Nancy Faeser sees little chance of banning the AfD

Nancy Faeser sees little chance of banning the AfD

After the AfD’s controversial secret meeting, calls for a party ban are becoming louder. For Federal Interior Minister Nancy Faeser, however, this is not a sensible solution. She relies on other ideas.

Federal Interior Minister Nancy Faeser (SPD) sees little chance of depriving AfD politician Björn Höcke of individual basic rights. “In the history of the Federal Republic, the Federal Constitutional Court has never ruled in any case that a person has forfeited their fundamental rights,” Faeser told the newspapers of the Funke media group on Saturday. For Höcke and his Thuringian AfD regional association, which is classified as right-wing extremist, “the first thing to do is to deal with the political debate,” emphasized the SPD politician.

An online petition directed against AfD politician Höcke exceeded one million signatures on Tuesday after two months. The petition demands that the federal government submit an application to the Federal Constitutional Court for the forfeiture of fundamental rights in accordance with Article 18 of the Basic Law. According to this article, individual basic rights can be taken away from anyone who “abuses them to fight against the free, democratic basic order”. For example, the right to vote or the power to hold public office could be revoked.

Faeser: “AfD despises modern Germany”

Interior Minister Faeser was also skeptical about banning the AfD. This has “very high hurdles,” she said. “Our constitution rightly envisages this strongest instrument of defensive democracy as a last resort. Nobody can rule that out in the relevant circumstances. But politically it is clear: If people turn to such a party, we must ensure that these people turn to the democratic parties come back,” emphasized Faeser.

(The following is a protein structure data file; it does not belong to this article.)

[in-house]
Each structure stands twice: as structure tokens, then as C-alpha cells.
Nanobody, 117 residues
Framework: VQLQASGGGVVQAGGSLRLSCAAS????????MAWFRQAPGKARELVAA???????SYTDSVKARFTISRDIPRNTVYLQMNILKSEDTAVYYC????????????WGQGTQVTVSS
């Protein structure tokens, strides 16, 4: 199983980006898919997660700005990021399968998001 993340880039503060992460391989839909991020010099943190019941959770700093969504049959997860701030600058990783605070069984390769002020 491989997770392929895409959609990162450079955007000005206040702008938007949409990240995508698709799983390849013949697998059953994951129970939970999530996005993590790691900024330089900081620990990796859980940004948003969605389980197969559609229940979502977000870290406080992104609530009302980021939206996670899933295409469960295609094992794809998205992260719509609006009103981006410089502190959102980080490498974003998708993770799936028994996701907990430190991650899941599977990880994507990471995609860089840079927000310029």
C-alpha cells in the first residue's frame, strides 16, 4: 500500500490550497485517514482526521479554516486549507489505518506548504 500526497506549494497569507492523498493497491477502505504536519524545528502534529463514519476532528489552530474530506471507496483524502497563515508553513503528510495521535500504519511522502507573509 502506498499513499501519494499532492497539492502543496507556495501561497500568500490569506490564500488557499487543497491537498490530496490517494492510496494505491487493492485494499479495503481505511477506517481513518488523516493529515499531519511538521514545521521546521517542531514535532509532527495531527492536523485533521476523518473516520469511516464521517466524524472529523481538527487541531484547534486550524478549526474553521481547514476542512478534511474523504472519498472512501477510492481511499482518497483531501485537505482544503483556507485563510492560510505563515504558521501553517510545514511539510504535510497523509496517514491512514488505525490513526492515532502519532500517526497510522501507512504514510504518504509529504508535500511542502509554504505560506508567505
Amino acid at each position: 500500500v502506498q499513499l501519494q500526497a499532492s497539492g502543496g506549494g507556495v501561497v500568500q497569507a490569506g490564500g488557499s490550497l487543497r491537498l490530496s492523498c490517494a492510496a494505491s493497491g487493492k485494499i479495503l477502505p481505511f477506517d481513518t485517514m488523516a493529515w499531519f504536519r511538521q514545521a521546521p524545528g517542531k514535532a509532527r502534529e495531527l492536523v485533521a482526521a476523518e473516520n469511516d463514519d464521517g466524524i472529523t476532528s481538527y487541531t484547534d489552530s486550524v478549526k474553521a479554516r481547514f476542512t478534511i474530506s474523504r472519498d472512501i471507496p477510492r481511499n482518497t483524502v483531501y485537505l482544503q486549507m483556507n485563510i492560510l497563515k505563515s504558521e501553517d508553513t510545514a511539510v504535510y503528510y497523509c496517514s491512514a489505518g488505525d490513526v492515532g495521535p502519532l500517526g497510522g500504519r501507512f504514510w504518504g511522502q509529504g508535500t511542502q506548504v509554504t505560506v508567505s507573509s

When asked whether an application for a ban before the state elections in September would be ruled out, Faeser replied: “Prohibition proceedings are lengthy. And again: This is the strongest legal means and not a means of political debate.”

However, Faeser urgently warned against the AfD taking over government. “The AfD despises our modern Germany,” she said. “She wants to roll back the role of women, attack free media and the independent judiciary – and obviously doesn’t have many people with an immigration background in our country.”

AfD secret meeting reminds of Wannsee conference

Germany is a different country today than it was in the 1930s, said Faeser, referring to comparisons with the rise of the National Socialists. “Nevertheless, we must be careful and recognize the threat to our democracy.” The Interior Minister was also alarmed by the right-wing plans for a coup. The recently revealed secret meeting of right-wing extremists in a hotel near Potsdam “involuntarily brings back memories of the terrible Wannsee Conference,” she said.

On January 20, 1942, leading representatives of the SS, NSDAP and several Reich ministries met in a villa on Berlin’s Wannsee to discuss their approach to the extermination of the Jews.

According to research by the Correctiv network, AfD politicians, neo-Nazis and entrepreneurs met in November 2023 in a hotel near Potsdam to discuss the expulsion of millions of people with an immigrant background from Germany.

Source: Stern

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